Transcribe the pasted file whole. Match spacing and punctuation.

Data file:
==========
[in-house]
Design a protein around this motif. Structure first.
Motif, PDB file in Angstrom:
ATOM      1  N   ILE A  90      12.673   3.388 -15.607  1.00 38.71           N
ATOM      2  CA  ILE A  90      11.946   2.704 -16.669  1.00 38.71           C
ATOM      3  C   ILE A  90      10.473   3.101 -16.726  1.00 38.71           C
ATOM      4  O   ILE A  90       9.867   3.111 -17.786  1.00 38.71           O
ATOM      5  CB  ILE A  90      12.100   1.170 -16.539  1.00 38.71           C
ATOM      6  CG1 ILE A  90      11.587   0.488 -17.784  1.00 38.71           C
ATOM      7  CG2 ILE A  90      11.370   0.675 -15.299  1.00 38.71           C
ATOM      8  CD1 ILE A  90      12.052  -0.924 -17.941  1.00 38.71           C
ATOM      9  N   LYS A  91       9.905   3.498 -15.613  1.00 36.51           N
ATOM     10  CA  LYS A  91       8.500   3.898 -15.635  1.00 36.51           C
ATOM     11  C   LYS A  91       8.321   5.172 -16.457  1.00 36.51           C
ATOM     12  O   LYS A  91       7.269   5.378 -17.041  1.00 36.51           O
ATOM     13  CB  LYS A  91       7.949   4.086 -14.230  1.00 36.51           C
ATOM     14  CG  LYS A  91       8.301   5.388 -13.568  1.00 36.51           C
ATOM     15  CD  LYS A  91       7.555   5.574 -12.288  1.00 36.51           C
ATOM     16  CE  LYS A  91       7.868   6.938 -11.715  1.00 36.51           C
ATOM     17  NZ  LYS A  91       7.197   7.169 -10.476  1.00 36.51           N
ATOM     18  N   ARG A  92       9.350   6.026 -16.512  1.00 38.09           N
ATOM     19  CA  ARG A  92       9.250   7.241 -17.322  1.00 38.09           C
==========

[in-house]
Design a protein around this motif. Structure first.
Motif, PDB file in Angstrom:
ATOM      1  N   ILE A  90      12.673   3.388 -15.607  1.00 38.71           N
ATOM      2  CA  ILE A  90      11.946   2.704 -16.669  1.00 38.71           C
ATOM      3  C   ILE A  90      10.473   3.101 -16.726  1.00 38.71           C
ATOM      4  O   ILE A  90       9.867   3.111 -17.786  1.00 38.71           O
ATOM      5  CB  ILE A  90      12.100   1.170 -16.539  1.00 38.71           C
ATOM      6  CG1 ILE A  90      11.587   0.488 -17.784  1.00 38.71           C
ATOM      7  CG2 ILE A  90      11.370   0.675 -15.299  1.00 38.71           C
ATOM      8  CD1 ILE A  90      12.052  -0.924 -17.941  1.00 38.71           C
ATOM      9  N   LYS A  91       9.905   3.498 -15.613  1.00 36.51           N
ATOM     10  CA  LYS A  91       8.500   3.898 -15.635  1.00 36.51           C
ATOM     11  C   LYS A  91       8.321   5.172 -16.457  1.00 36.51           C
ATOM     12  O   LYS A  91       7.269   5.378 -17.041  1.00 36.51           O
ATOM     13  CB  LYS A  91       7.949   4.086 -14.230  1.00 36.51           C
ATOM     14  CG  LYS A  91       8.301   5.388 -13.568  1.00 36.51           C
ATOM     15  CD  LYS A  91       7.555   5.574 -12.288  1.00 36.51           C
ATOM     16  CE  LYS A  91       7.868   6.938 -11.715  1.00 36.51           C
ATOM     17  NZ  LYS A  91       7.197   7.169 -10.476  1.00 36.51           N
ATOM     18  N   ARG A  92       9.350   6.026 -16.512  1.00 38.09           N
ATOM     19  CA  ARG A  92       9.250   7.241 -17.322  1.00 38.09           C